- Is That a Game on My Phone?
- The Pipeline for Making Mobile Games
- Exercise 7: Creating Assets for a Mobile Robot Shooter
- Creating Levels
- Making Props, Pickups, and Other Stuff Lying Around
- Exercise 8: Creating Prop Designs and Textures
- Creating a Crate Texture Map
- Creating FX for the Mobile Space
- Exercise 9: Creating a 2D Sprite-Based Effect
- Chapter 4 Wrap-Up
Creating a Crate Texture Map
You will now create a texture map for one of these crates. This will bring together all the techniques you have covered in this chapter and give you a sneak preview into the next chapter.
Making Side Pieces
Just in case you didn’t know, a texture is an image that is applied to a 3D object to give it color or tone. It can also be used as a vehicle to deliver lighting or displacement information. The texture you’re making for this crate is set up just like the layout you did for the texture atlas with a bunch of information squeezed into a square. However, when the image is applied to only one object, it is just called a texture. You will make your texture in three parts. You could have gotten away just using two parts, but the game engine is going to calculate the area for that third part no matter what you do, so you might as well use it.
- Open a new file that is 1024x1024, and name it crate_wood1.
Create two 512x512 squares, and stack them on top of each other on the right (FIGURE 4.85). Be very careful with your positioning. In a texture, every pixel counts, so you want to make it nice and tidy from the beginning.
FIGURE 4.85 Create two 512x512 squares.
The larger part will be used for the four longer areas, and the two squares will be used for the end caps. In previous exercises, you illustrated your images to get the look you needed; but this prop requires a little more realism, so you will use a photo as the base and work from there (FIGURE 4.86). Actually, most 3D programs have premade wood textures that work really well, but in the interest of advancing your skills, you will make your own.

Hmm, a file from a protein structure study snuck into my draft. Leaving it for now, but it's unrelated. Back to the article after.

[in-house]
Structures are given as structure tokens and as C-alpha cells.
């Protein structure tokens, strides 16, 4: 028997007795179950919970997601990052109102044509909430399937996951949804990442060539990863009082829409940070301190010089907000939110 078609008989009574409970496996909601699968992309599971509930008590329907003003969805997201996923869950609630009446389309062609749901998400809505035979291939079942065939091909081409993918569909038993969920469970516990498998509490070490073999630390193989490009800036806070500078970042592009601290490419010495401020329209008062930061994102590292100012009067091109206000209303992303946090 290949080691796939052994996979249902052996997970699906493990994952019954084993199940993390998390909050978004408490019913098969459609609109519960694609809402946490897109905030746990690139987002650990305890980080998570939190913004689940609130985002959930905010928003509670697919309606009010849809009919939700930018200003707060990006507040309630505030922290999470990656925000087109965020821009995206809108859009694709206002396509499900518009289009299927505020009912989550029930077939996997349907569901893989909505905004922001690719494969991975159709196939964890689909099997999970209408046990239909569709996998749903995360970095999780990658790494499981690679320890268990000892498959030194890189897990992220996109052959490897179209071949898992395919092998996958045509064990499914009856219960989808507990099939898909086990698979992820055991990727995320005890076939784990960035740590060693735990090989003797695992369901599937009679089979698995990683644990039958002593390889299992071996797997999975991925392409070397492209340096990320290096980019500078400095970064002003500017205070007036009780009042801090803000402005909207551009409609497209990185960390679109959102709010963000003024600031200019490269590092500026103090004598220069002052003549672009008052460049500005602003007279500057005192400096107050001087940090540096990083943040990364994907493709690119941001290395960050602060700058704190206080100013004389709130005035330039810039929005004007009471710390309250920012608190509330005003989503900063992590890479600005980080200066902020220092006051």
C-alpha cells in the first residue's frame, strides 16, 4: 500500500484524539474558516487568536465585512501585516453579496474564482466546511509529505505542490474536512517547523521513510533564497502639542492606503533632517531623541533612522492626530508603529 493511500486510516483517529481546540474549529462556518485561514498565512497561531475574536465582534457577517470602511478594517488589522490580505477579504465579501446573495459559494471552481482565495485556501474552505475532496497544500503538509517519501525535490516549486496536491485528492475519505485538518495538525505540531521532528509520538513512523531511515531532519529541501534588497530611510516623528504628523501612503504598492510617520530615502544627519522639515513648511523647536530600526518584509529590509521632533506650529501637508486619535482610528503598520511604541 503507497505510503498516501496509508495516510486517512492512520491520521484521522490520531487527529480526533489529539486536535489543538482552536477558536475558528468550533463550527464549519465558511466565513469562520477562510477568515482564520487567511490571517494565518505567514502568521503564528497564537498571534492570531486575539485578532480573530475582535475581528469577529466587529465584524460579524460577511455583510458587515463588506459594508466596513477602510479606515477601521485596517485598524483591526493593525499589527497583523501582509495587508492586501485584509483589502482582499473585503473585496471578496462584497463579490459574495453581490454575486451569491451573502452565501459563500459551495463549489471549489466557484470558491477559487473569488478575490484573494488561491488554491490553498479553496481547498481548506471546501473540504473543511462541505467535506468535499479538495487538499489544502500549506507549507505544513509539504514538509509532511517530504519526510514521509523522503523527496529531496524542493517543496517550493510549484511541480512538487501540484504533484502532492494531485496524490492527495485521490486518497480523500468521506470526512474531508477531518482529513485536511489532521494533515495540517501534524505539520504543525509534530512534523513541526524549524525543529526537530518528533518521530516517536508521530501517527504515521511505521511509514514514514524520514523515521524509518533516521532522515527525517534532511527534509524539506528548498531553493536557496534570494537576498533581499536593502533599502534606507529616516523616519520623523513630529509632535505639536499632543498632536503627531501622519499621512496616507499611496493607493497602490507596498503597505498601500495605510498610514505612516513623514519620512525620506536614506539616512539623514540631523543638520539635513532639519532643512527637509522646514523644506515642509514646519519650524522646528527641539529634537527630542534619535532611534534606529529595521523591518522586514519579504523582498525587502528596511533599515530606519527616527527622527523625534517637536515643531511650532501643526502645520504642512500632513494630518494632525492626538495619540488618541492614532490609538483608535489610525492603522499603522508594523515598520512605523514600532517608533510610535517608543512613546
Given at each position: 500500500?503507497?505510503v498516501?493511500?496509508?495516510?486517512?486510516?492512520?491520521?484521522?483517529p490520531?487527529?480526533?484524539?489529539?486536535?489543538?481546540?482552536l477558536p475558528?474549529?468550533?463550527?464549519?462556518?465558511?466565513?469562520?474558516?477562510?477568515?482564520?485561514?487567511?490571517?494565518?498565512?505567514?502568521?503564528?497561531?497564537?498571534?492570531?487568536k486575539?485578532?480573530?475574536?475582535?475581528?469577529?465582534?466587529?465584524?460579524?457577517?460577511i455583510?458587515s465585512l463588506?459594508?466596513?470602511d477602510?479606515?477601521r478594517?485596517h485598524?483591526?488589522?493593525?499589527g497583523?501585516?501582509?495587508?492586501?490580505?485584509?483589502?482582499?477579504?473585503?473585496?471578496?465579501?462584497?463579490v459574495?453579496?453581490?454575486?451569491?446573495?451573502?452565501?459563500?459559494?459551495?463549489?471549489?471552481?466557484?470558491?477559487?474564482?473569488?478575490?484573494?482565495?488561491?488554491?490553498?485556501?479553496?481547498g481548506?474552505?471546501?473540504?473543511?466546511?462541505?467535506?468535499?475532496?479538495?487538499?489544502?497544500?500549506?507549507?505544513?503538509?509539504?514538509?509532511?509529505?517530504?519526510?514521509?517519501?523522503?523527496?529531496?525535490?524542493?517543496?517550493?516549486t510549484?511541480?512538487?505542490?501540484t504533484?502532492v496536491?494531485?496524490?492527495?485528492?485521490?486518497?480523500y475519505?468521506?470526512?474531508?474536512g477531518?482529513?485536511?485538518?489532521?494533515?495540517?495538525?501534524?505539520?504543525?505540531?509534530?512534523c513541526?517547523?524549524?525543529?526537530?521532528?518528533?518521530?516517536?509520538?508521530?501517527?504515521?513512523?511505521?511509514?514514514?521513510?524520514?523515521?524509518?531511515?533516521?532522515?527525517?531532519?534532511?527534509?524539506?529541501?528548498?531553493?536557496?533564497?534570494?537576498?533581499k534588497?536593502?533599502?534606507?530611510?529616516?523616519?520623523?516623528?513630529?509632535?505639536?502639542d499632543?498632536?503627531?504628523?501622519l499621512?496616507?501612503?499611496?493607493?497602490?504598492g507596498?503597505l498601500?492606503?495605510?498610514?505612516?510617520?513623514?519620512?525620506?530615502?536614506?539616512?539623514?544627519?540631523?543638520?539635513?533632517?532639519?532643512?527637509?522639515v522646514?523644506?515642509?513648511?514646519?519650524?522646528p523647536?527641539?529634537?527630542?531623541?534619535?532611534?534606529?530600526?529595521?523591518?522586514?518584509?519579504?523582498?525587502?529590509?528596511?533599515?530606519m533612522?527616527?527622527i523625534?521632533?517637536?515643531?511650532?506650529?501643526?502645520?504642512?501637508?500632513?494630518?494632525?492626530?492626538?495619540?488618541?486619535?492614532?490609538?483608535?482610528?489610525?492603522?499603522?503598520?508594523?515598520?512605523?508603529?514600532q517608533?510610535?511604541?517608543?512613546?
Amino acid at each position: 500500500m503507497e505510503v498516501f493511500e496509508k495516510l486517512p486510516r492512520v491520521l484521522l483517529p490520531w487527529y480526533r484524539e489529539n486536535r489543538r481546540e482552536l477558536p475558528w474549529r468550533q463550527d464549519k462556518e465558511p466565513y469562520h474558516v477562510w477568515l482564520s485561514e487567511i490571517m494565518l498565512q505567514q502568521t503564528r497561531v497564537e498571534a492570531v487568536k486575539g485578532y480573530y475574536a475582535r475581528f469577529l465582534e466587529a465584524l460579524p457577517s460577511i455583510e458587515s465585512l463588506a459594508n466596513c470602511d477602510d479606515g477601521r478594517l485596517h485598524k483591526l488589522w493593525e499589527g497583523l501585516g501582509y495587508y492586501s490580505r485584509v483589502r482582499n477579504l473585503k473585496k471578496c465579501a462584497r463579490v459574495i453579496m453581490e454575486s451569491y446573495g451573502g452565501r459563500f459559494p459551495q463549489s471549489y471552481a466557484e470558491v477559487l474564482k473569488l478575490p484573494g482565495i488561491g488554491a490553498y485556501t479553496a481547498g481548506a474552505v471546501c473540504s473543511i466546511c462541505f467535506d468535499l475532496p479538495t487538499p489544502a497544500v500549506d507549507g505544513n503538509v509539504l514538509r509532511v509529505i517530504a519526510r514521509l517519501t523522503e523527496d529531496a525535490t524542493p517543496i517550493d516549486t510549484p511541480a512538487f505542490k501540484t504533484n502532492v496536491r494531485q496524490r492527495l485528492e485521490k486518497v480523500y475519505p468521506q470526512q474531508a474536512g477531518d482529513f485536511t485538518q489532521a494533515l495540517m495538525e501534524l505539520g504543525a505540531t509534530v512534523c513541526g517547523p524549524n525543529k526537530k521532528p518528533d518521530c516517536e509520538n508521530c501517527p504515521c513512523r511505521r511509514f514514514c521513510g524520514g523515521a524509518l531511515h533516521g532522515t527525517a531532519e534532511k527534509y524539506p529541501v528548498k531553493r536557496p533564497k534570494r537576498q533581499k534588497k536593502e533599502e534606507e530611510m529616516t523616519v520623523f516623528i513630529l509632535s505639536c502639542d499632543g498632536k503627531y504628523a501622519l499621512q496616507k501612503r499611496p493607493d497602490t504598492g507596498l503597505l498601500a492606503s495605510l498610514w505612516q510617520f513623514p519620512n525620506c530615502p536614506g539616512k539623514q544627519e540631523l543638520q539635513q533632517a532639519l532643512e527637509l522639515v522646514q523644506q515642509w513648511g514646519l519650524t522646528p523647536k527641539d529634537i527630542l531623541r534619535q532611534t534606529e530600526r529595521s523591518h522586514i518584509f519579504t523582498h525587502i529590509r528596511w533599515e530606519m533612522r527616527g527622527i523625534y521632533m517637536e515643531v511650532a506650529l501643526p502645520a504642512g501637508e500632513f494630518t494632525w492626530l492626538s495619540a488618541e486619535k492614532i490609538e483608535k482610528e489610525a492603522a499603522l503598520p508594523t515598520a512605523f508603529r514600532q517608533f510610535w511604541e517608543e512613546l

FIGURE 4.86 Use a photo as the base and work from there.
- Find a picture of a piece of wood that looks like it’s from an old crate. You are looking for an image of a board around 3 feet in length.
Import the image into your main file, and just like a carpenter, build a frame. Scale your wood picture thinner, if necessary, and slide it against the right wall. Duplicate the layer, and slide that up against the left wall. Duplicate that layer, and rotate it 90 degrees, and move it to the bottom. Duplicate that layer one more time, and move it to the top. You should now have a wood frame with a blue center (FIGURE 4.87).
FIGURE 4.87 You should now have a wood frame with a blue center.
Because you are a good carpenter, you’re going to give your frame a miter cut, which means that you cut the top and the bottom pieces at an angle (FIGURE 4.88). (You needn’t cut the side pieces because it’s just an image.) Select the bottom piece layer, and with the Polygonal Lasso tool, select an area from the bottom corner to the inside joint where the two pieces come together; then select around the outside edge of the board image. Close your loop, and cut out the selection. Repeat this on the other side, and with both pieces of the top.
FIGURE 4.88 Give your frame a miter cut.
- This looks great, but it’s not as realistic as it might be. Merge all three layers, and in blending options, select Bevel & Emboss and Drop Shadow.
Create a new layer called nails. In the blending options of this layer, turn on Bevel & Emboss and Drop Shadow. Now select a neutral gray color and hammer some nails into the corners of the wood frame (FIGURE 4.89). Or, as you say in Photoshop, select a brush tool with a hard edge and 100% opacity and flow, and put two dots on either side of the seams of the top and side pieces.